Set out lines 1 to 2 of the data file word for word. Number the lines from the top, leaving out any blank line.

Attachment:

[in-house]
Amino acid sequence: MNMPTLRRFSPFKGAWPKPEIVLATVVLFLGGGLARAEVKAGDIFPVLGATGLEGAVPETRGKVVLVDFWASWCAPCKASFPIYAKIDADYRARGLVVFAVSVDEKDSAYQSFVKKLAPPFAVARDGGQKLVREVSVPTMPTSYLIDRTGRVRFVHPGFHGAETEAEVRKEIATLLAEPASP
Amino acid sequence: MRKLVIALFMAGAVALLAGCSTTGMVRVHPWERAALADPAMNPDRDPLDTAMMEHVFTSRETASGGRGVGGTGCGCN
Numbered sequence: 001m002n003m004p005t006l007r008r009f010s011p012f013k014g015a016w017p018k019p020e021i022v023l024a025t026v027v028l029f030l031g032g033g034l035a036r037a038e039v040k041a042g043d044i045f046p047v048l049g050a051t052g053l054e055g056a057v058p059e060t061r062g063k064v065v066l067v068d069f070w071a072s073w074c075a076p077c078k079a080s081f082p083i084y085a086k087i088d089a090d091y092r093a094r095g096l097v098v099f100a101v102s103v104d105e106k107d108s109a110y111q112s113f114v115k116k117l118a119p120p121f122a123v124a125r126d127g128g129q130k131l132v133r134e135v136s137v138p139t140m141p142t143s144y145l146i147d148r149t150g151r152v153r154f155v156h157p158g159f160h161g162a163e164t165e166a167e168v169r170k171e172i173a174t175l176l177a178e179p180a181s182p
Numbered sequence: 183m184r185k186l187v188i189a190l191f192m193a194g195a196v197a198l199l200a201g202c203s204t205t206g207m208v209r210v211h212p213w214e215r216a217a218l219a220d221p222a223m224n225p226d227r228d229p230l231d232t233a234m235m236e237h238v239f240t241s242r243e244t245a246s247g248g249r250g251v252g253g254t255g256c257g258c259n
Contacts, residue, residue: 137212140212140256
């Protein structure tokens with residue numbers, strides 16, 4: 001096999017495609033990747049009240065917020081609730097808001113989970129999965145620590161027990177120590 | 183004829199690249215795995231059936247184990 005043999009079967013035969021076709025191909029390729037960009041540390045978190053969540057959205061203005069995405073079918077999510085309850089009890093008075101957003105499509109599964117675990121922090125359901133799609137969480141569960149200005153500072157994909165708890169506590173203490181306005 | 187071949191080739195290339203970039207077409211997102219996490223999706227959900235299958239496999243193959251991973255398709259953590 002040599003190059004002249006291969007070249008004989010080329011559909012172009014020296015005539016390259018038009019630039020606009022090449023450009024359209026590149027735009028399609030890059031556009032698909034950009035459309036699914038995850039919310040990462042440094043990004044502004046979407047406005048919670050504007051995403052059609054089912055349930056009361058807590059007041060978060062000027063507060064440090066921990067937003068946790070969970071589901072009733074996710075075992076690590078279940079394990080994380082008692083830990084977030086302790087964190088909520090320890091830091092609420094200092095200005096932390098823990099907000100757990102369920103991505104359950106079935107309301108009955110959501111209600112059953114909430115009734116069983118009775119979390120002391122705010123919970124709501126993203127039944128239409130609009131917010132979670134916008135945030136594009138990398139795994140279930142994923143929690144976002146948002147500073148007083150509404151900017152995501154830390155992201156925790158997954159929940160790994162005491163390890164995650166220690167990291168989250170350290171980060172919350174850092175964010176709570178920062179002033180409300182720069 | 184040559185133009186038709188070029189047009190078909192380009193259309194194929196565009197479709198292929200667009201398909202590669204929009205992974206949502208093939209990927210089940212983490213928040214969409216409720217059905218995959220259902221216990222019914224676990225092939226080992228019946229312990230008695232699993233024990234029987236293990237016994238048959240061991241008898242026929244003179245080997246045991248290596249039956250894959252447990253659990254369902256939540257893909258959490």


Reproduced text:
[in-house]
Amino acid sequence: MNMPTLRRFSPFKGAWPKPEIVLATVVLFLGGGLARAEVKAGDIFPVLGATGLEGAVPETRGKVVLVDFWASWCAPCKASFPIYAKIDADYRARGLVVFAVSVDEKDSAYQSFVKKLAPPFAVARDGGQKLVREVSVPTMPTSYLIDRTGRVRFVHPGFHGAETEAEVRKEIATLLAEPASP